Pro Athletes Explain Their Weird Reliance on Urine to Improve Their Game

Pro sports is full of unusual superstitions and rituals. In 2008, then-New York Yankees slugger Jason Giambi revealed that he and his teammates wore gold thongs to break out of slumps. Former Jaguars defensive tackle John Henderson would pump himself up before every game day by asking a staffer to slap him in the face, according to FanBuzz.

Yet those examples are just the tip of the iceberg. Some of the strangest and grossest superstitions involve a certain bodily fluid: urine. That’s right, numerous athletes have had bizarre relationships with their own pee. Here we look at three forms of this surprisingly widespread superstition.

Using urine to harden hands

Over his 17 years as a journeyman MLB outfielder,  Moises Alou had a respectable, if not quite Hall of Fame-worthy, career. In 2004, he revealed an unusual secret to his success. Alou told an interviewer that he regularly urinated on his hands. His theory was that the urine toughened up his skin, making it more resistant to cuts, bruises, and other injuries.

Yet skincare experts were quick to point out that, if anything, urine could soften the skin. Then again, Alou batted an impressive .303 over the course of his career. Moreover, he was one of a small number of players who didn’t wear batting gloves — a feat requiring extreme toughness. Perhaps there was something to his claim after all.

Urinating on the field

Another strange superstition involves urinating directly on the playing field. This practice seems to be especially common in the soccer world. Barry Fry managed Birmingham City, an English Football Club, for several years in the mid-’90s. During a stretch when the team struggled, Fry became convinced that evil spirits were lurking around their playing field.

His solution was to urinate at all four corners of the field. Unfortunately, the superstition didn’t pay off. The club continued to struggle, and Fry was eventually fired. Bizarre as his superstition may seem, it pales by comparison with that of retired goalkeeper Sergio Goycochea. According to The Guardian, Goycochea developed a ritual involving urinating on the field before every single penalty kick taken against him.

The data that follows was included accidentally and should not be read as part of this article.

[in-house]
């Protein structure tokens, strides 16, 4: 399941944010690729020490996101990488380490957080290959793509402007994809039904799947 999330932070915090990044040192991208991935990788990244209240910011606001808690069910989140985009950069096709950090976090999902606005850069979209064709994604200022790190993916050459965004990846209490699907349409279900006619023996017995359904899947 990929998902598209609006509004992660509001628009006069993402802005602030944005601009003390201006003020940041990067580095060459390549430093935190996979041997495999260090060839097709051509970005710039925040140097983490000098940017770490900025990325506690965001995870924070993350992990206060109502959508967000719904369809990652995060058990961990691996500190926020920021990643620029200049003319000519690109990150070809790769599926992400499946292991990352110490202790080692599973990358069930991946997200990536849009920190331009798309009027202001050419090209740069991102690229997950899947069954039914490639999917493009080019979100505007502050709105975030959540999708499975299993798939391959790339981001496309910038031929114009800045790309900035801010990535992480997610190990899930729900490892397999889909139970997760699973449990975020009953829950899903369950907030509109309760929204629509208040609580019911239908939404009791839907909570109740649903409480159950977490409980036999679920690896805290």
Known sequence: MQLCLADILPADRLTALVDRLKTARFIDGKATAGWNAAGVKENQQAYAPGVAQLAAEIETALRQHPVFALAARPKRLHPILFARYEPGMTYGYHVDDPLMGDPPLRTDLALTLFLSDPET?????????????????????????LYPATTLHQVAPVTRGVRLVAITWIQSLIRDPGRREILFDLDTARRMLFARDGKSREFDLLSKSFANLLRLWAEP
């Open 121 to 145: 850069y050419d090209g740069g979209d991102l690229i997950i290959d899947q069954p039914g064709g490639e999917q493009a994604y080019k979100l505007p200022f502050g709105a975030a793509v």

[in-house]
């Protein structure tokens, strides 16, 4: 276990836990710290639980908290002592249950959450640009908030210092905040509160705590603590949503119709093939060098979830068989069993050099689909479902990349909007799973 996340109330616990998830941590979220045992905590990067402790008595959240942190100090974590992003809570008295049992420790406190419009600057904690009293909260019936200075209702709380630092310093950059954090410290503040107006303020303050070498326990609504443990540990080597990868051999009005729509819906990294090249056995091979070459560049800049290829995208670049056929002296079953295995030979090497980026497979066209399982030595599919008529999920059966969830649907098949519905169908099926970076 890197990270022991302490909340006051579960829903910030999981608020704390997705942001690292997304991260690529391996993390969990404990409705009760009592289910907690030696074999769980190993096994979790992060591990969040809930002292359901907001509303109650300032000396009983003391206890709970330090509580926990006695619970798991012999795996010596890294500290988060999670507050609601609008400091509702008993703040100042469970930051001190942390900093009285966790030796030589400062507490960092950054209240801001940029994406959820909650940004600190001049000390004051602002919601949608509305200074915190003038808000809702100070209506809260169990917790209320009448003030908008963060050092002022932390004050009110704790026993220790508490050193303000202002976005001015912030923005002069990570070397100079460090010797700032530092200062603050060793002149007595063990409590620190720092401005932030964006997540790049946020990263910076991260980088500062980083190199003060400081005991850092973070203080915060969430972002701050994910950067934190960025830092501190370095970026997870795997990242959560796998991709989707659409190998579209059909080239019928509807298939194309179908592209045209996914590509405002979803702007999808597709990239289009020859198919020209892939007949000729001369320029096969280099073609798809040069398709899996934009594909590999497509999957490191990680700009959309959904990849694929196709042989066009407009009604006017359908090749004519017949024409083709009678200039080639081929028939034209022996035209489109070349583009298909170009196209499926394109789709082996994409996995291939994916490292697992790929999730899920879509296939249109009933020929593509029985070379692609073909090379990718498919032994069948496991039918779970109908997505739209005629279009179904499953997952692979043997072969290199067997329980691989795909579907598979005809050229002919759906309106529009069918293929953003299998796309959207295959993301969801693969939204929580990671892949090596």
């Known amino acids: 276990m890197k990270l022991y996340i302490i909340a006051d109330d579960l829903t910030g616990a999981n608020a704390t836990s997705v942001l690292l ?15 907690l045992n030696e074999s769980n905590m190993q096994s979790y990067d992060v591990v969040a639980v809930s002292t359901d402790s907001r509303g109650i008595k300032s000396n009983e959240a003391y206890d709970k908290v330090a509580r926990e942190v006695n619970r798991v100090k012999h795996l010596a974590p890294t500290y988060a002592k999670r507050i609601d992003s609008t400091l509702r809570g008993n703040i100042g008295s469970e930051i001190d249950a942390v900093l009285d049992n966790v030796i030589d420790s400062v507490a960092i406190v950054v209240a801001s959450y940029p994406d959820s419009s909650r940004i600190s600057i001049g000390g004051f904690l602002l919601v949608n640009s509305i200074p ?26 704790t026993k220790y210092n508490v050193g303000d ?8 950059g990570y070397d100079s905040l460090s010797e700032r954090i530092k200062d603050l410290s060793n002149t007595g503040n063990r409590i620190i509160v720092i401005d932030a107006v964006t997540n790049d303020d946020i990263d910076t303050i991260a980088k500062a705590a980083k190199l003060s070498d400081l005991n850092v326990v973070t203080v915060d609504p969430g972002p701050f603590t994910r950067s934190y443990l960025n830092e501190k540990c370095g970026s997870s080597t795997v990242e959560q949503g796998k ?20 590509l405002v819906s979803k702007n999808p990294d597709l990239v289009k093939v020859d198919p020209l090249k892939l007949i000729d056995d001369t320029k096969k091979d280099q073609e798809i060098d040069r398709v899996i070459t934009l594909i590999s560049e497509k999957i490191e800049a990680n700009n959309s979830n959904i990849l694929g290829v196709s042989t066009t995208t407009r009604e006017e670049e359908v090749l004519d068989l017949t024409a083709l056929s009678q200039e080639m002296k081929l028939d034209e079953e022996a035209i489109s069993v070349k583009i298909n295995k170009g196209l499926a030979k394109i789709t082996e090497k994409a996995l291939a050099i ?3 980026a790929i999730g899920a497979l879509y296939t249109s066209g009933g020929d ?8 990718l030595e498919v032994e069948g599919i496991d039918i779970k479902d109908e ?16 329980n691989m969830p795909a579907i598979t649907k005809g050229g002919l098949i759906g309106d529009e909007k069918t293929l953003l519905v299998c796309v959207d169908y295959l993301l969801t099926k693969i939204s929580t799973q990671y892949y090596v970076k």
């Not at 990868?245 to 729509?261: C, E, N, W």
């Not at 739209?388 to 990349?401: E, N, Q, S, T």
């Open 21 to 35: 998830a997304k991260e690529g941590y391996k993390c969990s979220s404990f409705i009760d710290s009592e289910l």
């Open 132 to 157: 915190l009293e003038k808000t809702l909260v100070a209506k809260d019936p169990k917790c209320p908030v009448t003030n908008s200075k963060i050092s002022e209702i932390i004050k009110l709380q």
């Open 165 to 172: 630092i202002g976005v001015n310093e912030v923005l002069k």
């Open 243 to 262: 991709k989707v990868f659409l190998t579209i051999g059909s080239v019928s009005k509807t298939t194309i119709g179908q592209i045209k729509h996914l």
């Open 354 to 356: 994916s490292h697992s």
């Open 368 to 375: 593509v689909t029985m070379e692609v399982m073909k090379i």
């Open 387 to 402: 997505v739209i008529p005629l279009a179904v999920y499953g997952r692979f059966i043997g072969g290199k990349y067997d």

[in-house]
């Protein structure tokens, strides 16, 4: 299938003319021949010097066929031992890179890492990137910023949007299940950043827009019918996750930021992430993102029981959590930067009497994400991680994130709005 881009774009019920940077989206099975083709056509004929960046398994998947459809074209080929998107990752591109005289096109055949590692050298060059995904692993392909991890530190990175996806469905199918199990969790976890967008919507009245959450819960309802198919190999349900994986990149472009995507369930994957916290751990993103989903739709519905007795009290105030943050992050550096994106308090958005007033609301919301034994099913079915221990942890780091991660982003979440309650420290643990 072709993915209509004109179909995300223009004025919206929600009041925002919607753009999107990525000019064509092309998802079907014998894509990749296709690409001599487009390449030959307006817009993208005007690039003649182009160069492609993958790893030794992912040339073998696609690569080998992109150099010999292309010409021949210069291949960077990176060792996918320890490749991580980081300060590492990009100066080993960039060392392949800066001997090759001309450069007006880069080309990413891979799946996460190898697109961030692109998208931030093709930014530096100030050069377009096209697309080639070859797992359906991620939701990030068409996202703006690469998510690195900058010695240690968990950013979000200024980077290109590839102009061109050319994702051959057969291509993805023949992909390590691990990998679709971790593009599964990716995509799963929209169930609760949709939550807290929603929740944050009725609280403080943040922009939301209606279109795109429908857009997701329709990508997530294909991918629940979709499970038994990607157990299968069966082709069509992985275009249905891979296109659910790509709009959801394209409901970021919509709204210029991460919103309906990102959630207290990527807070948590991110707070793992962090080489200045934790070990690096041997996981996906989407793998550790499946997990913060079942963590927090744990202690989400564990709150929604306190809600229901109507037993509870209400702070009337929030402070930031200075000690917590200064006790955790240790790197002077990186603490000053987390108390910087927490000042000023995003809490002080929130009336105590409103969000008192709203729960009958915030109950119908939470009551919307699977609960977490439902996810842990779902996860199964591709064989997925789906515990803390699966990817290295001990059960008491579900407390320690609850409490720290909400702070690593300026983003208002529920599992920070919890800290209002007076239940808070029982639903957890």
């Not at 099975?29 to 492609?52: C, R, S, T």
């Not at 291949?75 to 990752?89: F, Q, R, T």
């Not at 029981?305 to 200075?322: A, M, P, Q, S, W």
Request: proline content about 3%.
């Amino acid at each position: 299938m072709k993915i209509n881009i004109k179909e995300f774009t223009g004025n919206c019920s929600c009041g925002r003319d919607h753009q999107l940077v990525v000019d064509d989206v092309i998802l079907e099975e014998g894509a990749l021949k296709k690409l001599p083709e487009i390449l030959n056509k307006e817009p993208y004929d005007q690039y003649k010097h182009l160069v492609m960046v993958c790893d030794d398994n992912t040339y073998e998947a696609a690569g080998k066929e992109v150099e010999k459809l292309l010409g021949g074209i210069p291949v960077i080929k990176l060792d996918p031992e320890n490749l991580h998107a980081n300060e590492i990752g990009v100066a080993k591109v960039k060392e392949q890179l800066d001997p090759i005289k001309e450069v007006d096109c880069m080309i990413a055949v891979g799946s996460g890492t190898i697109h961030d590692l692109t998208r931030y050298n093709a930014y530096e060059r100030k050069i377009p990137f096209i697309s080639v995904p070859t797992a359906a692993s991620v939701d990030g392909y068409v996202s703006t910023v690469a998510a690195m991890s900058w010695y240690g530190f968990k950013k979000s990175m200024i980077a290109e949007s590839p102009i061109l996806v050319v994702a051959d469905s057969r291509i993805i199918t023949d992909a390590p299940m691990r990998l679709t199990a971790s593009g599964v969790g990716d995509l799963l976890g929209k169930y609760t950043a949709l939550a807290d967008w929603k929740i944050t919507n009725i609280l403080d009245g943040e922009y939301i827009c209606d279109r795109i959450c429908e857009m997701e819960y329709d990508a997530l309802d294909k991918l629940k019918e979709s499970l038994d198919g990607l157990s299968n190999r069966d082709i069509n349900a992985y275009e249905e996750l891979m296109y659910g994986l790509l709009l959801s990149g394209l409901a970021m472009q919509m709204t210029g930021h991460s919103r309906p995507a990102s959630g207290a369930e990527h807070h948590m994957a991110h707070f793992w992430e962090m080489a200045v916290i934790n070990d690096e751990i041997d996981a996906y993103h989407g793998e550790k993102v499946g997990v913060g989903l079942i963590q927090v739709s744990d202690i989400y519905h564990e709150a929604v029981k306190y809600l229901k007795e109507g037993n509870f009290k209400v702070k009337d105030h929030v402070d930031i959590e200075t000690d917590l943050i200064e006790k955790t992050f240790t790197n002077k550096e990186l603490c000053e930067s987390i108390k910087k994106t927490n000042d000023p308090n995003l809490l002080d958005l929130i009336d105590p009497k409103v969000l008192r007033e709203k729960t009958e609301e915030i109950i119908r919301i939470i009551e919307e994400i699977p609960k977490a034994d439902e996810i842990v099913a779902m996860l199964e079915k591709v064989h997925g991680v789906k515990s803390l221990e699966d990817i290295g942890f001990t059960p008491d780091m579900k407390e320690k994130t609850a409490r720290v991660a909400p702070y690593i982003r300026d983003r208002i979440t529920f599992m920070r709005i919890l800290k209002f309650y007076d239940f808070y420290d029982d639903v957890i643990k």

Drinking their own urine

Here’s where we start to get too gross to believe. Yet a surprising number of athletes in different sports have subscribed to the notion that drinking their own urine boosts performance. The practice made headlines most recently in 2015 when then-Houston Texans offensive lineman Ben Jones confessed to having consumed a cup of his own urine to win a bet.

When asked about the incident, reports The LA Times, Jones replied with a shrug, “Whatever makes the team better.” For the record, the Texans went 9-7 that season and lost wild-card game against the Kansas City Chiefs. So, presumably, Jones’ urine drinking didn’t have affect team performance.

A number of pro fighters have also admitted to drinking their own urine. In 2009, now-retired Mexican boxer Joan Manuel Márquez said he’d done it “for the past six or seven fights,” according to ESPN. Did it help? Well, Márquez put together an impressive 56-7-1 career. But his urine-drinking confession came shortly before losing a hugely lopsided bout against Floyd Mayweather Jr., which certainly hurt his credibility.

Another prominent urine drinker is Brazilian MMA fighter Lyoto Machida. In 2009, Machida boldly stated, per Yahoo Sports, “I drink my urine every morning like a natural medicine.” Apparently, retired MMA fighter Luke Cummo did the same thing.

Nonetheless, for most people, the thought of drinking their own urine remains highly repellant, which in the long run is probably a good thing.